Meet Our Kids
No one tells the story of a hospital experience better than the child who went through it. Here are just some of those stories from children who participated in Radiothon and our annual WMAR-ABC2 Special for Johns Hopkins Children's Center. You can also see archived stories from years past by visiting the links above.
WATCH the story of Ben and his traumatic brain injury.
Clayton Cowan, of Fulton, Md., was born with a disease so rare that occurs in only one in a million people. Caused by a glitch in the immune system, it makes children very vulnerable to germs and results in recurrent chronic infections, some of which can be life-threatening. Clayton was not diagnosed until he was 2 and had a severe, life-threatening lung infection. He was taken to Hopkins Children’s where pediatric immunologist Howard Lederman, within 48 hours, diagnosed the toddler with chronic granulomatous disease (CGD).
Learn More About Clayton's Story
Gavin Recovers from Gastroschisis
Before Gavin Michel-Baird was born, an ultrasound revealed that Gavin had a condition called gastroschisis, a hole in the abdominal wall with his intestines seeping outside of his body. His condition called for an emergency C-Section delivery.
Learn More About Gavin Recovers from Gastroschisis
Amanda Battles H1N1
Early in October 2009, Amanda Wickstrom started coughing during a nap. That night a fever and aches set in. By the morning she was lethargic and non-responsive. Alarmed, her pediatrician sent the child to the nearby community hospital where she was diagnosed with pneumonia in her right lung and with low oxygen levels. As Amanda’s health deteriorated, the hospital arranged for her to be transferred to Hopkins Children’s. By 9 p.m. that night, she was in its pediatric intensive care unit. Within hours, her pneumonia had progressed to the left lung, as well, and her blood pressure was dangerously low.
Learn More About Amanda Battles H1N1
Celina's Painful Burns
On Jan. 14, 2005, 3-year-old Celina was helping her mom set the table for dinner when she accidentally poured a bowl of scalding hot soup all over her chest. Celina screamed in agony as her mom splashed cold water on the burns. Within seconds, her skin was already starting to peel. Celina had sustained first and second-degree burns. Lisa called her husband, who was at work, and then called her pediatrician who advised her to call 911.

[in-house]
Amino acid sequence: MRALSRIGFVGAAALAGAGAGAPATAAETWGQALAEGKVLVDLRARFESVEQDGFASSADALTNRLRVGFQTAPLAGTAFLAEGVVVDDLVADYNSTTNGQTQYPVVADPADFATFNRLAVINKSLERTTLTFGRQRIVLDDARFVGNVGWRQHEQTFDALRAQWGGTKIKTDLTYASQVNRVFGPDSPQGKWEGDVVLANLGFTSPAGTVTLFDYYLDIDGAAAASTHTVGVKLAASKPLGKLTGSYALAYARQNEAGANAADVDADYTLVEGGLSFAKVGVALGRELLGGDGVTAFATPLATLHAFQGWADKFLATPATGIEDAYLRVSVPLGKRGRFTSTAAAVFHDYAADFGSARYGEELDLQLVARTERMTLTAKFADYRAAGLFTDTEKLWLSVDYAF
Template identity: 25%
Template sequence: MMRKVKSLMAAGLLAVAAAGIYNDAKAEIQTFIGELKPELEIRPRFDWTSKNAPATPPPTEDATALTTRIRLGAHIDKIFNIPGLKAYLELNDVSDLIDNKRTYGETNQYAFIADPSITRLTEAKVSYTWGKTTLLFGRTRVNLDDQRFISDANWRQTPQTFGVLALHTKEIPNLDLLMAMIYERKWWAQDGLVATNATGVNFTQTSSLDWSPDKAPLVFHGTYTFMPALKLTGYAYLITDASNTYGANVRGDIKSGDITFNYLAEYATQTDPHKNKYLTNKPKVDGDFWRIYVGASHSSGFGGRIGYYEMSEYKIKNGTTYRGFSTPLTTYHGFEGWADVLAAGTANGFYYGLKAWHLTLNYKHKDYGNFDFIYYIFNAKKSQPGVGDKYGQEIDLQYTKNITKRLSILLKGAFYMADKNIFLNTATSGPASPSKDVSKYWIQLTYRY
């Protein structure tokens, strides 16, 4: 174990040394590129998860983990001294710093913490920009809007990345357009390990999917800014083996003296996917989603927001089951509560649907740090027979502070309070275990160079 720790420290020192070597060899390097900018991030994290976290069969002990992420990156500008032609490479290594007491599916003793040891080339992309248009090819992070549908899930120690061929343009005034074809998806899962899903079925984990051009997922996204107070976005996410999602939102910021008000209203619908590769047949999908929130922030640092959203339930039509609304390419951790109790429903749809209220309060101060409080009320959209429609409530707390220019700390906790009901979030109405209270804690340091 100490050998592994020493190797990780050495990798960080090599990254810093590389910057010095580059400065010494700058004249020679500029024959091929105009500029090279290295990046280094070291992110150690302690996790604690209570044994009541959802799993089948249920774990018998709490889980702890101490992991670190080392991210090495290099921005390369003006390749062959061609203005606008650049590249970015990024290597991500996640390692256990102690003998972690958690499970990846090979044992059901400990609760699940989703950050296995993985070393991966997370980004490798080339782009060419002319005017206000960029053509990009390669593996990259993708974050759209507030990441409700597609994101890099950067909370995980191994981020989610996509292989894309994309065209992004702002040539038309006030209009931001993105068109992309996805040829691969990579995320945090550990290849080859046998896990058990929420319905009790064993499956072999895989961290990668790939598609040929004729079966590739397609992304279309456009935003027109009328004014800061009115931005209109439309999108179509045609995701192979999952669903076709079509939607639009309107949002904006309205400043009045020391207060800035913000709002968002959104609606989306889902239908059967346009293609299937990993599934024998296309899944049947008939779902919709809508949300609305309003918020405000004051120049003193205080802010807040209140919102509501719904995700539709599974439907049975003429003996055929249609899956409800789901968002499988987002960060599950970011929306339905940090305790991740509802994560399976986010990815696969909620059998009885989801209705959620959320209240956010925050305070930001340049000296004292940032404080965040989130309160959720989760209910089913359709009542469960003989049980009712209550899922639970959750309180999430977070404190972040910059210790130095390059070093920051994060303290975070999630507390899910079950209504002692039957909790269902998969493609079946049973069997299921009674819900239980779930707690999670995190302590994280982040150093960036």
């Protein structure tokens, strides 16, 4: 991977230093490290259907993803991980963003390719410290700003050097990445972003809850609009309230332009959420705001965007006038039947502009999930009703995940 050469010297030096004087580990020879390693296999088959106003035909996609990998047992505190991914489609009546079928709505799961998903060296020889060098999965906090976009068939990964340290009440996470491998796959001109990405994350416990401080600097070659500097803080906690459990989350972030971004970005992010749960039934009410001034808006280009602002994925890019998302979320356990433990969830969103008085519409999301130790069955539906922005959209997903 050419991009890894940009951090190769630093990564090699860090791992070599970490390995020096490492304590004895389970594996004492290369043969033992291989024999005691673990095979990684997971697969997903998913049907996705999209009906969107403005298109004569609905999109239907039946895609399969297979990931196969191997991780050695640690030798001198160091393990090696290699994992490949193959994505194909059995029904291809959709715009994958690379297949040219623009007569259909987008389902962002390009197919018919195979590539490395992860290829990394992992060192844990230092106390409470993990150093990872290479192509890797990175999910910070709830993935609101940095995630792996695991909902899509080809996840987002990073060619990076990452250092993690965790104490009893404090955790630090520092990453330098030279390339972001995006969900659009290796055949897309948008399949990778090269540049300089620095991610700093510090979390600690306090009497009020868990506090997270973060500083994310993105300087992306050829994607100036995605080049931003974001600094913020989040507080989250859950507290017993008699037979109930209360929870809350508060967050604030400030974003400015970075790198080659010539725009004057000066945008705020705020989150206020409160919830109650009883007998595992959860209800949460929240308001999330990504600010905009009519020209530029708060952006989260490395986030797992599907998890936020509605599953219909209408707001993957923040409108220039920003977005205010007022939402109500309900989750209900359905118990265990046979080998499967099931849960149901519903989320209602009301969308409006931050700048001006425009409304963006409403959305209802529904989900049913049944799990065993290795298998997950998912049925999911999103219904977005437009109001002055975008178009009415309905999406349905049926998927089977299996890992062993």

Learn More About Celina's Painful Burns
Kavita Excels Despite Spinal Muscular Atrophy
Kavita, was born with spinal muscular atrophy (SMA), and has been under the care of Hopkins Children’s neurologists since she was a toddler. SMA is a neuromuscular disease characterized by progressive degeneration of the motor neurons and leads to progressive weakness and loss of muscle tone and movement. The disease can range from life-threatening to mild. It usually requires management by a multidisciplinary team including pediatric neurologists, pediatric pulmonologists, critical-care specialists, rehabilitation techs and physical therapists.
Learn More About Kavita Excels Despite Spinal Muscular Atrophy
Colby Survives Burn Injuries
In November of 2004, Tiffanie Stroh received a phone call that her 3-year-old son, Colby, had been in an accident and was badly burned. Colby somehow managed to get a hold of some gasoline. The fumes caught fire, setting the child ablaze. Colby sustained serious burns on nearly 50 percent of his body, including his face, hands and from the waist down. Colby underwent multiple surgeries and was hospitalized at Hopkins Children’s for more than two months, followed by months of rehabilitation. His treatment included harvesting skin for temporary grafting to prevent infections. Colby underwent repeat surgeries to remove scar tissue form his face, ears, inner tights and had had some of the skin from his stomach transplanted to his face.
Learn More About Colby Survives Burn Injuries